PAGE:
Kenan Distinguished Professor of Psychology, Director of the Social Psychology Doctoral Program and the Positive Emotions and Psychophysiology Laboratory, President-Elect, International Positive Psychology Association Kenan-Flagler School of Business
this week I introduce a new word that I've coined Positivity Resonance.
I use it to describe the micro moments of connection that you can experience in
the company of others, when a positive emotional experience unfolds between and
among you at the same time.
Here, and more extensively in my second book, Love 2.0,
I make the case that positivity resonance is the core and essence of love.
A quote from American author Ursula LeGuin fits well here.
Love, she says, doesn't just sit there like a stone.
It has to be made, like bread, remade all the time, made new.
Let's get started with week four.
So welcome back.
I want to hit you guys with a big question to start off with.
What is love?
What is love to you?
Or you know, if that's too large a philosophical question for
this time of day maybe what is Hollywood or the dominant cultural script.
[INAUDIBLE] say about love?
>> Maybe that you find this one person to complete you,
and then all of your troubles go away and you live happily ever after.
[LAUGH] >> Yeah.
>> So there's a lot of focus on love being exclusive.
>> Yeah. >> Or that it's, it's.
You know finding that soul mate.
>> And that without it you're incomplete.
>> Yeah. >> In some way.
>> Right, right so it's like this, you know, big achievement of life.
Any other take.
>> It's a, it's a transaction.
>> You know two people coming together, it lasts or it doesn't last.
You move on to the next person, yeah.
And it's kind of a commitment to someone in that it's unconditional, that you kind
of, I love this person and nothing can change that, whether that's, you know,
a mother and a child or, you know, one person and their romantic partner.
It's kind of this bond, almost.
>> Yeah, yeah.
And I think that's.
Certainly very true of love, that it's part of our most important bonds.
But in some ways, I think that that view can eclipse our ability to
see love in smaller chunks if, if you will, just smaller pieces.
And I think what you're saying about transaction kind of brings it
a little bit more to the scale of emotions.
Where as more commonly we think of love as a status, haha, you know.
And what I've been finding is that,
you know, it's kind of hard to talk about love from the scientific perspective,
because people have so many preexisting views about what love it.
You know, kind of hard-won personal experiences that,
or, or things they've just absorbed from the culture.
And you know, science, scientists tend to stick into, with jargon terms.
And one of the reasons I've chosen not to with this, to really use a, a more common
language word like love, is because I, we, we take love to be really important.
We put it up on a pedestal.
We see it as as a super important part of life.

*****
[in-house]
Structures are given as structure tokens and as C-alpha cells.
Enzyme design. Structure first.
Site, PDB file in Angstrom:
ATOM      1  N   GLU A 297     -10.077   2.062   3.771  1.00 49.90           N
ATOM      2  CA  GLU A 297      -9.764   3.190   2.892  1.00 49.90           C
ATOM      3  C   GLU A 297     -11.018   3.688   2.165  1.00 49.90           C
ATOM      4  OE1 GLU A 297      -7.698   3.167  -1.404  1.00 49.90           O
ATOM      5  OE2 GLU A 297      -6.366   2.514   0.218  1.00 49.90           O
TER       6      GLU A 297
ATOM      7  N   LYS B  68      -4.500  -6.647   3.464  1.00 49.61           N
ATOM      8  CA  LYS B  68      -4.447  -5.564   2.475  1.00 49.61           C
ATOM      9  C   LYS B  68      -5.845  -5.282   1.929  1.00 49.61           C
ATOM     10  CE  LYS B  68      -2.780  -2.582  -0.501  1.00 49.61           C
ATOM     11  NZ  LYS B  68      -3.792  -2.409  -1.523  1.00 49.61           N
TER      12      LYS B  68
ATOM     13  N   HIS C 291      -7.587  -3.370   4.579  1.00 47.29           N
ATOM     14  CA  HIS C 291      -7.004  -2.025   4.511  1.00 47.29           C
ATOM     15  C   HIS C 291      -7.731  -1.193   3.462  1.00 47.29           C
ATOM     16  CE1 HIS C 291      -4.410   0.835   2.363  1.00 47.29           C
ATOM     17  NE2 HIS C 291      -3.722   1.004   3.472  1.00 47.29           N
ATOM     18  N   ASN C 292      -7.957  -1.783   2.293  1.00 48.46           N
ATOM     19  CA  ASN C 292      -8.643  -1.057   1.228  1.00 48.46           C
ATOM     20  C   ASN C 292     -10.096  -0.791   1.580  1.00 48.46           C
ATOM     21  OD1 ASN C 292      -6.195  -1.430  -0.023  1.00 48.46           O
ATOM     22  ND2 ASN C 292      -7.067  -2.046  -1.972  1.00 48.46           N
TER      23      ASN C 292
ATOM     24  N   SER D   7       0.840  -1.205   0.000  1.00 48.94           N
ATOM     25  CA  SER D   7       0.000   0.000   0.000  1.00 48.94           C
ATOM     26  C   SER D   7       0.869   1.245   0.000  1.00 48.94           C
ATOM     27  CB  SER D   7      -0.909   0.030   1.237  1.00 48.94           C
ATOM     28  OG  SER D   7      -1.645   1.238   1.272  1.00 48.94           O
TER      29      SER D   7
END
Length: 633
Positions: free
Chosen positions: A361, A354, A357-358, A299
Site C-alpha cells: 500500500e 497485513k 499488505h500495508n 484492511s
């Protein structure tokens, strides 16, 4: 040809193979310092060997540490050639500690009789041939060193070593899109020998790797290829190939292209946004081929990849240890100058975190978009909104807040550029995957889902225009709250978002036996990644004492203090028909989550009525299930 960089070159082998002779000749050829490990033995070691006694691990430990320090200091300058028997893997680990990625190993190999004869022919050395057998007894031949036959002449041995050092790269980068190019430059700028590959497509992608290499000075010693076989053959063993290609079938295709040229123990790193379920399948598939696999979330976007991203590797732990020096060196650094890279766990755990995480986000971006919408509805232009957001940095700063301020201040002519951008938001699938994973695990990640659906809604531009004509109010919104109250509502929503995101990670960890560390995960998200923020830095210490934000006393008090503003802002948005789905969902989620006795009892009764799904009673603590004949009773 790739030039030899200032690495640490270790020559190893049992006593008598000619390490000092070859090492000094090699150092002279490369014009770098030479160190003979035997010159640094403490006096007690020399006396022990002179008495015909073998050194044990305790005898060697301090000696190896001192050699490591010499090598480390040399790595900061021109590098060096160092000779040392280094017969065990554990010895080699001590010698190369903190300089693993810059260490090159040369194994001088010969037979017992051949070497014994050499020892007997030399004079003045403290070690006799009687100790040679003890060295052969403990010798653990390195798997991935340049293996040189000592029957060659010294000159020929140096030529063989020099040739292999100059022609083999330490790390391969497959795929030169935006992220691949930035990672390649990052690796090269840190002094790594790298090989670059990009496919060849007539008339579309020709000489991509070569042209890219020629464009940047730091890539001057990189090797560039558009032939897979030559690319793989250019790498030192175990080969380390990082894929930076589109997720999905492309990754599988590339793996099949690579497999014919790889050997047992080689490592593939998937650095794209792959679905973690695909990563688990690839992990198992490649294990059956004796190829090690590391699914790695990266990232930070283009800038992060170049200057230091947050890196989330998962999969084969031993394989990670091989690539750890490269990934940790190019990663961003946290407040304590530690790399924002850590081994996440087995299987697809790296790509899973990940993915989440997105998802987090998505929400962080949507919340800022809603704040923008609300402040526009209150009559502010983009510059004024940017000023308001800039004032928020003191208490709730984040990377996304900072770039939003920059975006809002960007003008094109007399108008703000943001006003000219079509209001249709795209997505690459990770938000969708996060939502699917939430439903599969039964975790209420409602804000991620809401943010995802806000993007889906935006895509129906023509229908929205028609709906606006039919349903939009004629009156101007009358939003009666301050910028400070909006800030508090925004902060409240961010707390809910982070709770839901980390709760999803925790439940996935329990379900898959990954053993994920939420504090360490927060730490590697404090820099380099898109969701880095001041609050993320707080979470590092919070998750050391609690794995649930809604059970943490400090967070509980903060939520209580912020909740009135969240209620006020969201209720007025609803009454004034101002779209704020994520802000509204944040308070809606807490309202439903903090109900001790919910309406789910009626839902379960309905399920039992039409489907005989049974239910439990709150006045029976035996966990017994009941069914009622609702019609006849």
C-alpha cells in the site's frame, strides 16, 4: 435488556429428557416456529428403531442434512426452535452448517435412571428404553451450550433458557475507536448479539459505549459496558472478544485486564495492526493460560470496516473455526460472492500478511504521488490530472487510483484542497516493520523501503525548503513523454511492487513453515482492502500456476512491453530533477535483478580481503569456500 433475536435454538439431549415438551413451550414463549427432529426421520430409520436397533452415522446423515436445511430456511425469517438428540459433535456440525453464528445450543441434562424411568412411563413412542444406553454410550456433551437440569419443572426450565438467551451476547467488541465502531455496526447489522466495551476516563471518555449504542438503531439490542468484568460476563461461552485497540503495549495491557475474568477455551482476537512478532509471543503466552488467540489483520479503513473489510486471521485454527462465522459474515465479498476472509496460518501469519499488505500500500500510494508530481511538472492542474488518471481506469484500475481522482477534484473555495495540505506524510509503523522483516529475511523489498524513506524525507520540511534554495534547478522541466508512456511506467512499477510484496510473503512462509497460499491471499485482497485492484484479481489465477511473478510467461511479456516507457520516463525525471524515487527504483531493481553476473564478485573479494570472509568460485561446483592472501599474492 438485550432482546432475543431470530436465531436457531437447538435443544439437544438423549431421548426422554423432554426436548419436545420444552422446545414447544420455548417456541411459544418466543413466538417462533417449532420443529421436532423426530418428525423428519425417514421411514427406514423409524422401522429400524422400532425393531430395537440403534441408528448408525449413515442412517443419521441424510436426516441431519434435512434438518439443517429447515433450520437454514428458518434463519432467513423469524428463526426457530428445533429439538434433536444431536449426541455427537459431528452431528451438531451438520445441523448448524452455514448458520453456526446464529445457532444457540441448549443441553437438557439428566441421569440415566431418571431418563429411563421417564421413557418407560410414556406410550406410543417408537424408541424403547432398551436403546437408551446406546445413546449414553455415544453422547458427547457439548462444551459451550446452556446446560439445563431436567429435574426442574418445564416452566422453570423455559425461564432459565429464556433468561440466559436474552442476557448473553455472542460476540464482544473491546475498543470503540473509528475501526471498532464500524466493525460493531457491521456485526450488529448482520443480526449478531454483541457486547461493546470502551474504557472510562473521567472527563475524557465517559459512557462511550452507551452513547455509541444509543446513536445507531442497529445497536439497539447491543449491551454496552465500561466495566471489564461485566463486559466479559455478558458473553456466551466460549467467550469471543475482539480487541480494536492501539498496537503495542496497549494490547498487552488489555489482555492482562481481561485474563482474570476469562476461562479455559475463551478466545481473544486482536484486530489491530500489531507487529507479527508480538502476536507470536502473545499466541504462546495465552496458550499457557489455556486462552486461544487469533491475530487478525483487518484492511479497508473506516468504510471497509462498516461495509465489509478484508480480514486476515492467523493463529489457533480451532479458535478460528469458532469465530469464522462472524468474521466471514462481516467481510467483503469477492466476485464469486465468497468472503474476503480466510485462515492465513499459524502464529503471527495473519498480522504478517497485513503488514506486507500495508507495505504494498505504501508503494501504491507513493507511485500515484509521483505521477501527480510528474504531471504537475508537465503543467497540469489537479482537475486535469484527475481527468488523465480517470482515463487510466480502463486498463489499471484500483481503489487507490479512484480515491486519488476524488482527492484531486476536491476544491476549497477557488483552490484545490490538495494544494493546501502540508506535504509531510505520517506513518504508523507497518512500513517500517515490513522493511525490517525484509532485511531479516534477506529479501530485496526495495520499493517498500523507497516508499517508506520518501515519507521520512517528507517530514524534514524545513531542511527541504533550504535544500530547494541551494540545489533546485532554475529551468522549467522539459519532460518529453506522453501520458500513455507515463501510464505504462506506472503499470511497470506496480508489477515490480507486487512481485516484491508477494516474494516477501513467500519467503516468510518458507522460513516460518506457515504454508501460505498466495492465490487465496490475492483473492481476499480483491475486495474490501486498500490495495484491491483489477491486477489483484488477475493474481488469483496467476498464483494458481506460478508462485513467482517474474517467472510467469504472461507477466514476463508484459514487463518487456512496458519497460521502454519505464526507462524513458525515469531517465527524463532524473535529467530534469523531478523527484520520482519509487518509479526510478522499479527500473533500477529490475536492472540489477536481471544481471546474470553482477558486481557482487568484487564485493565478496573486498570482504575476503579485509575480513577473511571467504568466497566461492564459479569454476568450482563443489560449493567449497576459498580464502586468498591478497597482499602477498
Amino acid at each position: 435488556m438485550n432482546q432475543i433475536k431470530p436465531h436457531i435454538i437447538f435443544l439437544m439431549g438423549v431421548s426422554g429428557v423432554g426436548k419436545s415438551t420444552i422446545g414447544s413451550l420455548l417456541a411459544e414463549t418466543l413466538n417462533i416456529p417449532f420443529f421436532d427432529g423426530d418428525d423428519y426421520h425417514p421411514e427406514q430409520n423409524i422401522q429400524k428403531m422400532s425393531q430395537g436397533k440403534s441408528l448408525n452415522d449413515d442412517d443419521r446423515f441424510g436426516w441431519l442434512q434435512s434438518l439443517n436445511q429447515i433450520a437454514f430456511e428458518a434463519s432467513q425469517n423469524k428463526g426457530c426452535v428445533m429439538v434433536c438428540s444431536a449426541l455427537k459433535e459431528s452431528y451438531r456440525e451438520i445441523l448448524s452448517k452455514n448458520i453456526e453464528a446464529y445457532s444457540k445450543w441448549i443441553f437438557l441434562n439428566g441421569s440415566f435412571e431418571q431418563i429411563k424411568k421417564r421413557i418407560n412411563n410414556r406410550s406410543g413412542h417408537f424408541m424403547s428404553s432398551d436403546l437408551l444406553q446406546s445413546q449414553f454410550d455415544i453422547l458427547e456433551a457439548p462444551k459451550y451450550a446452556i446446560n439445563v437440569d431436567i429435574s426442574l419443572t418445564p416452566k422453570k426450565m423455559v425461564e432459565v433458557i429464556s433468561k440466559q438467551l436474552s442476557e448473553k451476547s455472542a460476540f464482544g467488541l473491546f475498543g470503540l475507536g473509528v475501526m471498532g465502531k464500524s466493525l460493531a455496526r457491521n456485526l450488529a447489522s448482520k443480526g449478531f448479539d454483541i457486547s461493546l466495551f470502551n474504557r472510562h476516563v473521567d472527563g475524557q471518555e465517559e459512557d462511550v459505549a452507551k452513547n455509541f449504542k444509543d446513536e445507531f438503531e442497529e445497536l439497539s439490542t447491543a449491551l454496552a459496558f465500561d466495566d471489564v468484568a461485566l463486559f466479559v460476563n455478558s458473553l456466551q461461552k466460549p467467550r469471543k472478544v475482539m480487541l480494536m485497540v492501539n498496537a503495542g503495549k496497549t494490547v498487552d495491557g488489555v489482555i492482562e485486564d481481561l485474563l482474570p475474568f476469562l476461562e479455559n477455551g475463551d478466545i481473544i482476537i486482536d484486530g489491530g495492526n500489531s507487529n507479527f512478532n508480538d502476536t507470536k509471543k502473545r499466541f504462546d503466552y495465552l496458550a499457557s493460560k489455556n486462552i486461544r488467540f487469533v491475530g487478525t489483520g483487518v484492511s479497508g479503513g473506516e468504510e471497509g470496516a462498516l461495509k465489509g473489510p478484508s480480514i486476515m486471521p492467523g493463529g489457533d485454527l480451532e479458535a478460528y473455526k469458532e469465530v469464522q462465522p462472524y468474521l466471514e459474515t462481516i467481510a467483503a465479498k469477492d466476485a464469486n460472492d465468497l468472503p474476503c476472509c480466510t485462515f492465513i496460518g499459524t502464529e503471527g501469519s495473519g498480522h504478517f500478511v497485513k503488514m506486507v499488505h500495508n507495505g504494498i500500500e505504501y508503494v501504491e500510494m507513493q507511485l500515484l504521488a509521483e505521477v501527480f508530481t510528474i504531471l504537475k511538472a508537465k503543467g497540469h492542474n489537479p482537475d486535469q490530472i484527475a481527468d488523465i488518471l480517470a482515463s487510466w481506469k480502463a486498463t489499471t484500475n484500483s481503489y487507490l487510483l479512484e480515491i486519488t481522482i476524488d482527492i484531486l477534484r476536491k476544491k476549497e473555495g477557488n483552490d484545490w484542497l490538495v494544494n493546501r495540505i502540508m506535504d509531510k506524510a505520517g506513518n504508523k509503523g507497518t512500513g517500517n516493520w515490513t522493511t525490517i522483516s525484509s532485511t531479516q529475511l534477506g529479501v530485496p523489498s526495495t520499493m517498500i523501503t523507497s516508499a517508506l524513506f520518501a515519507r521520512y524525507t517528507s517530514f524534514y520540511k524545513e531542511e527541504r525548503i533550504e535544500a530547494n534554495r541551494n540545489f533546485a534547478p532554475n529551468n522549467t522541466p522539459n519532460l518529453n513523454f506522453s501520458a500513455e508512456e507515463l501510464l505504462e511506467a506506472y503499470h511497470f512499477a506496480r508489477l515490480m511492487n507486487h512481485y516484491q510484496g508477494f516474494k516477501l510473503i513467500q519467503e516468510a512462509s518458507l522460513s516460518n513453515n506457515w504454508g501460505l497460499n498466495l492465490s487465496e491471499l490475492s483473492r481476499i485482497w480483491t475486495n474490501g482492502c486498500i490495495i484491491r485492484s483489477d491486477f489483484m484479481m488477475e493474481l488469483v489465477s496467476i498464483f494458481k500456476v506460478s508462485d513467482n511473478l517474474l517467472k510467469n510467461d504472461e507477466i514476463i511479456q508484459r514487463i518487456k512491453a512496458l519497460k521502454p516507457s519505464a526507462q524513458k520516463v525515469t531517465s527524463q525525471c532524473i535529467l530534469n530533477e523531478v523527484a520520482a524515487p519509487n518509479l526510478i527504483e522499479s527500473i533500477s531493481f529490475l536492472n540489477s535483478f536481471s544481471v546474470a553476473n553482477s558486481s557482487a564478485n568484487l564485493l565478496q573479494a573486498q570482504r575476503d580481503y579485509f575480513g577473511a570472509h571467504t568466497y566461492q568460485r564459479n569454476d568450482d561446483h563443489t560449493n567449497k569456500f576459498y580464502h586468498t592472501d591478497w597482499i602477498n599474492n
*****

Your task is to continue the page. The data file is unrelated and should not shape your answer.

I think that there's one positive emotion that more than the others
really deserves to be up on that pedestal [LAUGH] in terms of having that,
that reverence that we have and
I think if we just use a dry jargon phrase for it you know, we wouldn't, we wouldn't.
Invest that much im, importance in it.
So, this is why one of my aims in using
thinking that we might need an upgrade of our view of love, or love 2.0,
is that, you know, our, our existing views of love serve us reasonably well,
but maybe we could be served better by thinking of love with.
A new, a new approach.
And the approach that we've been developing in the last, several weeks,
to look at positive emotions as these tiny engines that broaden our awareness and
build our resources can give us a new perspective on what love is.
At it's core love is an emotion.
I mean it, it's a bond too.
And one of the things that's confusing about love is we use the word love for
all these different things.
You know we use it for the bond, we use it for the soulmate you know, situation or
romance or we use it for, you know, oh, I'd love to see you this afternoon.
[LAUGH] You know, just in a casual way, too.
So I, I think of that as this larger, you know,
all these concepts kind of interrelate with one another.
And it can seem kind of confusing, like, well, where's, you know,
what's the real core of it?
And from a scientific perspective,
I've come to think that these the tiny emotional experiences of connection,
earlier I said that I thought love was an all of the above emotion.
That it's, you know, joy felt with others, gratitude felt with others.
So if we think of love as, as the positive emotion that we co-experience.
I think that can help us see what drives and keeps our bonds strong or
what keeps us, you know, feeling like we're part of a community.
So one of the things that I think is, is helpful is for,
is just to acknowledge that, you know, people have all kinds of views of love.
And so when I'm going to be talking about love from a scientific perspective,